Wolfgang Amadeus Mozart and Constanze Weber  

“In my eyes a single man only leads half a life. …”

Constanze Mozart

Oil painting by Joseph Lange (1751–1831) 1782 (The Hunterian Museum and Art Gallery, University of Glasgow) Source: Wikimedia
1781-1782
Salzburg
Plaque commemorating the wedding of Wolfgang Amadeus Mozart and Constanze Weber in their parish church St. Stephen's Cathedral in Vienna on 4 August 1782

Plaque commemorating the wedding of Wolfgang Amadeus Mozart and Constanze Weber in their parish church St. Stephen's Cathedral in Vienna on 4 August 1782

Source: Wikimedia

Leopold Mozart made no secret of it: Constanze Weber was not the good match he had intended for his son Wolfgang Amadeus. But there was not a lot he could do from Salzburg, far away from Vienna. In any case, Wolfgang Amadeus Mozart was unwilling to put up with meddlers. He was in love with Constanze and wanted to marry her at all costs. But the twenty-five-year-old had to face further difficulties.

On one hand, he did not dare to confide in his father how serious the affair between himself and Constanze Weber was. Until shortly before his marriage, he left his father in the dark, which left Leopold deeply worried. On the other hand, Wolfgang Amadeus found himself under a lot of pressure from Cäcilia Weber, Constanze’s mother, who had high hopes for the financial benefits the liaison would bring for herself.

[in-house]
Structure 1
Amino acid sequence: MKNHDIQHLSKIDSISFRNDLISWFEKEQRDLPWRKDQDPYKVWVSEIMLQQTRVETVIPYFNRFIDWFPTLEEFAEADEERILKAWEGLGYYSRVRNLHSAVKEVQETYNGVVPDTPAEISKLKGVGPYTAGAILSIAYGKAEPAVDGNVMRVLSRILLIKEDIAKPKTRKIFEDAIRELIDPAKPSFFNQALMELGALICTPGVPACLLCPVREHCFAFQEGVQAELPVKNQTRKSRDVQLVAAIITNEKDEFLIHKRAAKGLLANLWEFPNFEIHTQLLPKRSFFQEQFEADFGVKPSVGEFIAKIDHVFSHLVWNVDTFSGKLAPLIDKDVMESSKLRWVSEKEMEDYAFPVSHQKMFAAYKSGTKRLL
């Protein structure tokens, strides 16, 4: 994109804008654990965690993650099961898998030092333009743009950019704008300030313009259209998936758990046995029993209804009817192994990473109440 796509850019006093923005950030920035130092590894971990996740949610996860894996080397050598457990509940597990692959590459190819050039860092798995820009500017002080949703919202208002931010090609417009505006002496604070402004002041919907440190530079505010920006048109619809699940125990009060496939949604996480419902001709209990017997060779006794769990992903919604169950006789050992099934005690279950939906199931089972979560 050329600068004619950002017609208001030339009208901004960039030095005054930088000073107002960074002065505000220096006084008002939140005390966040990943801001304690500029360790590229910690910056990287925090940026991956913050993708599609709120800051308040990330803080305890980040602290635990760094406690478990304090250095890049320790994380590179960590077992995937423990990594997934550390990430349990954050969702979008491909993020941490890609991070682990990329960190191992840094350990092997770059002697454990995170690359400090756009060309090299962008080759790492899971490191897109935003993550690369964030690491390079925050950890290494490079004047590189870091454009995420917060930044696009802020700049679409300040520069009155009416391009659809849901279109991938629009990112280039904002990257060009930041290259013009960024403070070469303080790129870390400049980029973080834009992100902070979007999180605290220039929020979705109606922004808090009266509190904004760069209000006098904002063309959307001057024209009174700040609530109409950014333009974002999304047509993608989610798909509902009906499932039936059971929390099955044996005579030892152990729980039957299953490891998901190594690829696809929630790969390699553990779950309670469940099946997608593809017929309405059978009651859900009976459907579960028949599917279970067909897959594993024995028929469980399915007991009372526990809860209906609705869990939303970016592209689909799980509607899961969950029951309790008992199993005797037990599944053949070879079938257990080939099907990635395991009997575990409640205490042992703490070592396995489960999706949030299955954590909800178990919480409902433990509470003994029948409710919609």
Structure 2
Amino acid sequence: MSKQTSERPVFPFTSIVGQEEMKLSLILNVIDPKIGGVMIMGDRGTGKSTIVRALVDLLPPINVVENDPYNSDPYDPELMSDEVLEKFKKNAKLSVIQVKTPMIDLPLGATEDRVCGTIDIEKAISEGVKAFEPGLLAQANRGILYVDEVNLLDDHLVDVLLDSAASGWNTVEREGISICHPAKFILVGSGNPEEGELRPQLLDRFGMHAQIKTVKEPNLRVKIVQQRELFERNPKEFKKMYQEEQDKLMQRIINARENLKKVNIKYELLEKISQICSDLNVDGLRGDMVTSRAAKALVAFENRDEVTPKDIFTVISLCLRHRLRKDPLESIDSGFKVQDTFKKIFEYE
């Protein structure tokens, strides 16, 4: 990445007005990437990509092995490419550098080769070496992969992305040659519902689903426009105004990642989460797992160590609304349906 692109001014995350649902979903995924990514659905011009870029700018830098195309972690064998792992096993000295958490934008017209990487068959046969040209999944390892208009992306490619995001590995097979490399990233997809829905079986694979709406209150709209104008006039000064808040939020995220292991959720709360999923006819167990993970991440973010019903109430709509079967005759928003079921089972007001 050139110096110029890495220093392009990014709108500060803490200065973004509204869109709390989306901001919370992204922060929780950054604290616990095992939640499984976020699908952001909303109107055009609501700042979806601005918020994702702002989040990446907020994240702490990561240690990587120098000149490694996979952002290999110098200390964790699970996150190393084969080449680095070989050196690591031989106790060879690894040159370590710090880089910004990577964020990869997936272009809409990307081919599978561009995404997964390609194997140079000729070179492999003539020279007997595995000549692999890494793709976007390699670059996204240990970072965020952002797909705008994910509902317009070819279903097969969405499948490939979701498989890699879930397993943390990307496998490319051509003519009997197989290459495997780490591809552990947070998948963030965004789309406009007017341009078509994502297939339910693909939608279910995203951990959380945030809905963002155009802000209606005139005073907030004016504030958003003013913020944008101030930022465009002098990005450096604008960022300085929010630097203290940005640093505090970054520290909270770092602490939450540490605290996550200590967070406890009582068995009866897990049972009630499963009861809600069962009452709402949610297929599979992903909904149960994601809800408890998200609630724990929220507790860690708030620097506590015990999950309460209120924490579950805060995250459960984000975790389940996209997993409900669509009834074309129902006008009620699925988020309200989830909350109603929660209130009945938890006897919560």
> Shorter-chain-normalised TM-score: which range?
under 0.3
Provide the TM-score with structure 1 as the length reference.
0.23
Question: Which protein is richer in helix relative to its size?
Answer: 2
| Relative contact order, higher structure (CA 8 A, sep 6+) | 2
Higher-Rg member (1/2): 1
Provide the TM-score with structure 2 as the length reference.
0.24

An Abduction in Meagre Times

In 1781 Wolfgang Amadeus Mozart worked on his opera “The Abduction from the Seraglio”, which sported a heroine, incidentally called Constanze. He worked all his feelings for his great love into his music. At the same time Wolfgang Amadeus intensely occupied himself with the church music of Johann Sebastian Bach – a passion he shared with Constanze Weber. In the meantime he had moved out from his lodgings with the Weber family and found a room at the “Graben” boulevard in Vienna. He barely made a living instructing music students and giving house concerts. He was still looking for a permanent position.

The “Abduction from the Seraglio” was a tremendous success; yet Wolfgang Amadeus Mozart only made the usual musician’s fee of 100 guilders. This did not stop him from marrying Constanze Weber three weeks later at St. Stephen’s Cathedral in Vienna. A lifetime of ups and downs was about to start…